Monday, October 11, 2010

Response to Reading Nine

For a slight change of pace, I would like to discuss Peter Ramus the person not Peter Ramus's rhetoric. I will be exploring his biography, as opposed to his essay "Arguments in Rhetoric Against Quintilian."

(It is seeming somewhat monotonous describing just rhetoric for the past few weeks...)

The Rhetorical Tradition does an outstanding job discussing the life of Ramus; in fact, he was quite an interesting character. Peter Ramus, also known as Pierre de la Ramee, lived from 1515 to 1572. In just 57 years of life, Ramus had an incredible impact on rhetoric that would be felt for centuries to come.

Ramus was born to a poor family and, like many impoverished children, worked his way through school as a servant to wealthier students. At age 8, he went to Paris to study Latin. In 1536, he earned a master's degree in art; it is often wondered how he pulled off the feat, being that his thesis absolutely enraged many of the professors. Ramus had written a thesis on why Aristotle was useless. Upon earning his degree, Ramus became a college professor himself. It is believed that he was a beloved and charismatic teacher, as he soon attracted a vast following. In 1543, Ramus published two works: one controversial piece attacked Aristotle and classic rhetorical stylings, the other called for an entirely new intellectual method.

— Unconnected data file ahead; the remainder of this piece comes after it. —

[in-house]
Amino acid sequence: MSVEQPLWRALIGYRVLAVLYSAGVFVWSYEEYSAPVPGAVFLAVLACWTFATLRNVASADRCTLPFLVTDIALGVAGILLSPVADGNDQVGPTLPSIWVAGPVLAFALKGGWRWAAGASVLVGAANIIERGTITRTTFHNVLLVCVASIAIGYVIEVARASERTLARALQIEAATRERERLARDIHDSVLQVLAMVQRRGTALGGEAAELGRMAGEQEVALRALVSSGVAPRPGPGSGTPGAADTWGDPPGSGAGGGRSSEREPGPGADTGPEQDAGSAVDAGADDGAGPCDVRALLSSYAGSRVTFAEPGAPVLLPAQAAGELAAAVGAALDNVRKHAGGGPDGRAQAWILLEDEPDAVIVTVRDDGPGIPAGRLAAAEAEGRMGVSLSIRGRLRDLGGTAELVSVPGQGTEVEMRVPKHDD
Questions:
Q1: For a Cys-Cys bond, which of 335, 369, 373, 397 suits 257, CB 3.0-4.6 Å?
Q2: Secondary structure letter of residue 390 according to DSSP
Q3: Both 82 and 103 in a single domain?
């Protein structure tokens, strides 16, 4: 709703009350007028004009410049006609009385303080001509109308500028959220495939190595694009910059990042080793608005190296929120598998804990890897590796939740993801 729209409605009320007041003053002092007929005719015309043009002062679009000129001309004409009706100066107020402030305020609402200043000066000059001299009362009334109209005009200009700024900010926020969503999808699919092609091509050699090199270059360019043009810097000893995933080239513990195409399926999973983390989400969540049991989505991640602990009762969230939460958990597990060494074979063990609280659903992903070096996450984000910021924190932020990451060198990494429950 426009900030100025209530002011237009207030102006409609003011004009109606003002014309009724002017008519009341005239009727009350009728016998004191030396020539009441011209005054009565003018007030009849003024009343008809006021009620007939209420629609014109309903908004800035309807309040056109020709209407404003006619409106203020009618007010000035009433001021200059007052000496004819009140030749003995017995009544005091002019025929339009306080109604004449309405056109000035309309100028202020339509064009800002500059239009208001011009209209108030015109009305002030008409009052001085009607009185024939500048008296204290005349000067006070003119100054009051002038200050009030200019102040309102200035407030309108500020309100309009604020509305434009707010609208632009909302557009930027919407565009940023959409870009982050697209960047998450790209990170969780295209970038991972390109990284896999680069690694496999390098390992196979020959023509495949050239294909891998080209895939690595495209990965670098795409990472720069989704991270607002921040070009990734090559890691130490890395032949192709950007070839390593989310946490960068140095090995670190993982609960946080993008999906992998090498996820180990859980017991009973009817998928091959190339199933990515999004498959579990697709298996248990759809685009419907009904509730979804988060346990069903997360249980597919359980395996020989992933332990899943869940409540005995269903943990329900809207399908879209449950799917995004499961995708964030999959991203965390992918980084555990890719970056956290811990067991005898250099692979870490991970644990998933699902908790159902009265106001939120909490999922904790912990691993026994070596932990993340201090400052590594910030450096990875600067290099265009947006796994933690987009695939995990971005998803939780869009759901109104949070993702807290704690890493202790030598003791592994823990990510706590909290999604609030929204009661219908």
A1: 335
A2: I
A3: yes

The books were condemned by many in academia, even involving French king Charles I. Professors of medicine, law, and theology all called for a ban on Ramus's book and Ramus himself. They asked that he be forbidden from teaching, which Charles I gladly obliged. In many cases, Ramus's books were actually burned. It became his lifelong challenge to defend himself. On many cases, his defenses were public orations. Despite a royal ban on his ideas, Ramus continued to publish for many years. His intellectual partner, Omer Talon, collaborated on many of these works.

Ramus got a break in 1547 when Henry II became king and Charles of Lorraine because Cardinal Guise. Lorraine was a former classmate of Ramus's and gladly interceded on his behalf, thereby lifting the restrictions on his teaching. Despite incessant publishing of controversial books as well as continuous spats with other professors, Ramus continued to be promoted. Eventually, he became the dean of one college. It is believed that he published more than 750 works; this is an absolutely staggering and almost unbelievable number.

At the heart of Ramus's ideals was the belief that reason did not need to be taught. He believed that Aristotle's teachings were useless because reason was an innate human ability. "[T]ime spent mastering the classical languages and poring over ancient texts was so much time wasted" (Bizzell and Herzberg 676).

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